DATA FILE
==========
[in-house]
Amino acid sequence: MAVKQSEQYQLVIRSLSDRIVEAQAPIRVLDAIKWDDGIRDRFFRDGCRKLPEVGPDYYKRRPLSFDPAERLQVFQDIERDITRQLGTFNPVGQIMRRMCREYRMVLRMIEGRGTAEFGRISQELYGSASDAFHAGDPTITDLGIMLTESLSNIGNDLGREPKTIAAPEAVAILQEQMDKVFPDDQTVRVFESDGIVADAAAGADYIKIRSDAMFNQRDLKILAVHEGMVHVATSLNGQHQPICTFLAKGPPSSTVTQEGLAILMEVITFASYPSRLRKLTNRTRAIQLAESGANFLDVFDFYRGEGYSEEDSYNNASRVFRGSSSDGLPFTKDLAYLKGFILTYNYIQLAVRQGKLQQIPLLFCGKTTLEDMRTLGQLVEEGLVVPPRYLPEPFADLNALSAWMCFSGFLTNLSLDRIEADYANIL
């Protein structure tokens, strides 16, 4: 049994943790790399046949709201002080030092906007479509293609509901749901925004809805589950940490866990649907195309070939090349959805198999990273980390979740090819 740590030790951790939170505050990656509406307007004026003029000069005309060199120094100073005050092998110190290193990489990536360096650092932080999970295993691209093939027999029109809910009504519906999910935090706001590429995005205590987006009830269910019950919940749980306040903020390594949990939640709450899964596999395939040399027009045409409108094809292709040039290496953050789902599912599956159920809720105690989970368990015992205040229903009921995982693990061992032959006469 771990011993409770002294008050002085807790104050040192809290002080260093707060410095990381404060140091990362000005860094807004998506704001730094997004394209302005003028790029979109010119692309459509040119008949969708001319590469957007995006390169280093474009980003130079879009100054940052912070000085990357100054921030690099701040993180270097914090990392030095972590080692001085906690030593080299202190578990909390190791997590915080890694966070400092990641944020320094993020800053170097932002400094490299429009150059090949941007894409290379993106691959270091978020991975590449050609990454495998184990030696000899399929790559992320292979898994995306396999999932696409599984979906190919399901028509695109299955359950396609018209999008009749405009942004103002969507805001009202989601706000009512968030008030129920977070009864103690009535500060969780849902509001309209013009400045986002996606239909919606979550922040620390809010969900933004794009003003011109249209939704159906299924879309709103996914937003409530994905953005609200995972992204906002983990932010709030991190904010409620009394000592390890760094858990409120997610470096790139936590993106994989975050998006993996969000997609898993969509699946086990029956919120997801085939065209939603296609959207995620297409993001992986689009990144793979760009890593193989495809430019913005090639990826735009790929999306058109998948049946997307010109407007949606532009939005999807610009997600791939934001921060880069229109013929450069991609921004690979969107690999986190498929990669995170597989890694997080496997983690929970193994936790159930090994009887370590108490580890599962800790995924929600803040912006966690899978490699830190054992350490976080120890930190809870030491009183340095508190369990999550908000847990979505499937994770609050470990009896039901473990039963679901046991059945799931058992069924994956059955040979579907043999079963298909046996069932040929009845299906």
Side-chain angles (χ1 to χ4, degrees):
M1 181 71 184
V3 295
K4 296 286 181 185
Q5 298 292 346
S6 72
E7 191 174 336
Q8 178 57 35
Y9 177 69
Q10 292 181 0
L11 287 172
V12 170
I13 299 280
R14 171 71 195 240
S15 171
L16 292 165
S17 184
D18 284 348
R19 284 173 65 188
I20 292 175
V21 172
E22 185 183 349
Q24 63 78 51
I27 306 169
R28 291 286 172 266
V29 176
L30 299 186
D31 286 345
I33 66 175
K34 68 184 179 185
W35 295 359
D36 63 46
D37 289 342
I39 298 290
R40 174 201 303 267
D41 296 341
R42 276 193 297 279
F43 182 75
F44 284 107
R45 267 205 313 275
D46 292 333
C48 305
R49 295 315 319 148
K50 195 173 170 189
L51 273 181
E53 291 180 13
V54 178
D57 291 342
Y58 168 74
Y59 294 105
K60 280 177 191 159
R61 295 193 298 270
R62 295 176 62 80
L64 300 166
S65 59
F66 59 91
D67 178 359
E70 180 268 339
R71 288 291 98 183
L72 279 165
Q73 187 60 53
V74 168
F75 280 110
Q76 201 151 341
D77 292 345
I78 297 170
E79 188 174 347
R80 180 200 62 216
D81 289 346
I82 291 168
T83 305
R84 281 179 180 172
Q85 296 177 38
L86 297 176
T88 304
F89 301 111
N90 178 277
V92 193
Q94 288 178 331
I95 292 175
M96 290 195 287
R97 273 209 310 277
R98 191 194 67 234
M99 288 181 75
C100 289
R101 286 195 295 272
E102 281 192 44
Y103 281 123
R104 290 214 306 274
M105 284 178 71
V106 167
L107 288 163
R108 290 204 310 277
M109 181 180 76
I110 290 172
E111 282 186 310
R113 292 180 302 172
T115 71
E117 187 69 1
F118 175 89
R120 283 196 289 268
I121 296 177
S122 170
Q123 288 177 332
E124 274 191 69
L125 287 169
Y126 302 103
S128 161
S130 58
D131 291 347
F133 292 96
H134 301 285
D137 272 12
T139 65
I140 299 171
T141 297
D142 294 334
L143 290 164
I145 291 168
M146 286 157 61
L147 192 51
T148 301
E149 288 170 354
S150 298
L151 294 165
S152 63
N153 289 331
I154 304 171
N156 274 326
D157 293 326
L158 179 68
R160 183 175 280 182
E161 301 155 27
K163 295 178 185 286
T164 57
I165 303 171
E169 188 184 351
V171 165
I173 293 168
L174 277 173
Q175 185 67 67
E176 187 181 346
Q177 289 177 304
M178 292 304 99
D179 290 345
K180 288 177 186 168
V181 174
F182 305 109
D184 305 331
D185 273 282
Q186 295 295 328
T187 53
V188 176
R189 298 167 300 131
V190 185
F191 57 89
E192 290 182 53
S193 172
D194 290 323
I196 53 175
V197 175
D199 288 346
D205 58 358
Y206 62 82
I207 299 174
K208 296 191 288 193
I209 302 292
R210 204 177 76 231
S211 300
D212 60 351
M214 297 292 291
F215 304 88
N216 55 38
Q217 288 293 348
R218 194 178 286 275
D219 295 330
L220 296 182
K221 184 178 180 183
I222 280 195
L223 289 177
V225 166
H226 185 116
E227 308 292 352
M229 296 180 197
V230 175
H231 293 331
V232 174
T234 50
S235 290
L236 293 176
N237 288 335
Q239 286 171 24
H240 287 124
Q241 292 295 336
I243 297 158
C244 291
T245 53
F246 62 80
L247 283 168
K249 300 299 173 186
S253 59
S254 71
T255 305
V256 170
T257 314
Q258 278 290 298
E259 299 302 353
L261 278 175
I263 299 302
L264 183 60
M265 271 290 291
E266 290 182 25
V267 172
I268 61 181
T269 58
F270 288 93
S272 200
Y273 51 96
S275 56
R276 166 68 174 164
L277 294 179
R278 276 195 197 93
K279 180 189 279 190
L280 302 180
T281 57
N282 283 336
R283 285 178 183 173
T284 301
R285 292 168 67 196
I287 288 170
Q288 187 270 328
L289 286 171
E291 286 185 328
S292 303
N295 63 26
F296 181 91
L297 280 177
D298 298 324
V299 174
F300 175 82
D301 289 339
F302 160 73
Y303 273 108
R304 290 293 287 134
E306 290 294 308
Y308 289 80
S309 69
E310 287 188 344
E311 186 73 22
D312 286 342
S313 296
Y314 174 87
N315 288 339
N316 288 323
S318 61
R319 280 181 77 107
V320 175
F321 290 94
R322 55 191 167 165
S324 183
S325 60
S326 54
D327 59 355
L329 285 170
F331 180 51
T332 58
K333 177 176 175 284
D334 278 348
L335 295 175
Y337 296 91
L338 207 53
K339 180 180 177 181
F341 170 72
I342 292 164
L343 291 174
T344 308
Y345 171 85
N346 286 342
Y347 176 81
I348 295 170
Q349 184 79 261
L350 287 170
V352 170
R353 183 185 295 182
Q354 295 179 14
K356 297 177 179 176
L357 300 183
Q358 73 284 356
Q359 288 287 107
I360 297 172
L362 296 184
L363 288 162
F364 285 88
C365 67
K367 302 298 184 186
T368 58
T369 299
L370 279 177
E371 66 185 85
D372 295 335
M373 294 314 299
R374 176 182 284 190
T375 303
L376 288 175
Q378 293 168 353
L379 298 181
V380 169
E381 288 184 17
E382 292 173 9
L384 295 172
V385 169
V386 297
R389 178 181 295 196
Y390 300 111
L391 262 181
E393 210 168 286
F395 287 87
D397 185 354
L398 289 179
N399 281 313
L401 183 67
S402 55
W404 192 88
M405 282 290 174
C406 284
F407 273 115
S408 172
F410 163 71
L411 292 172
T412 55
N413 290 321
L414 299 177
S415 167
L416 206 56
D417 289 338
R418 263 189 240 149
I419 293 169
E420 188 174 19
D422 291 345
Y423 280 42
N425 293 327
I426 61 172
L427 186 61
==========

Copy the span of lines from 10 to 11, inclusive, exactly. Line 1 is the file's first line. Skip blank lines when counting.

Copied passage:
E7 191 174 336
Q8 178 57 35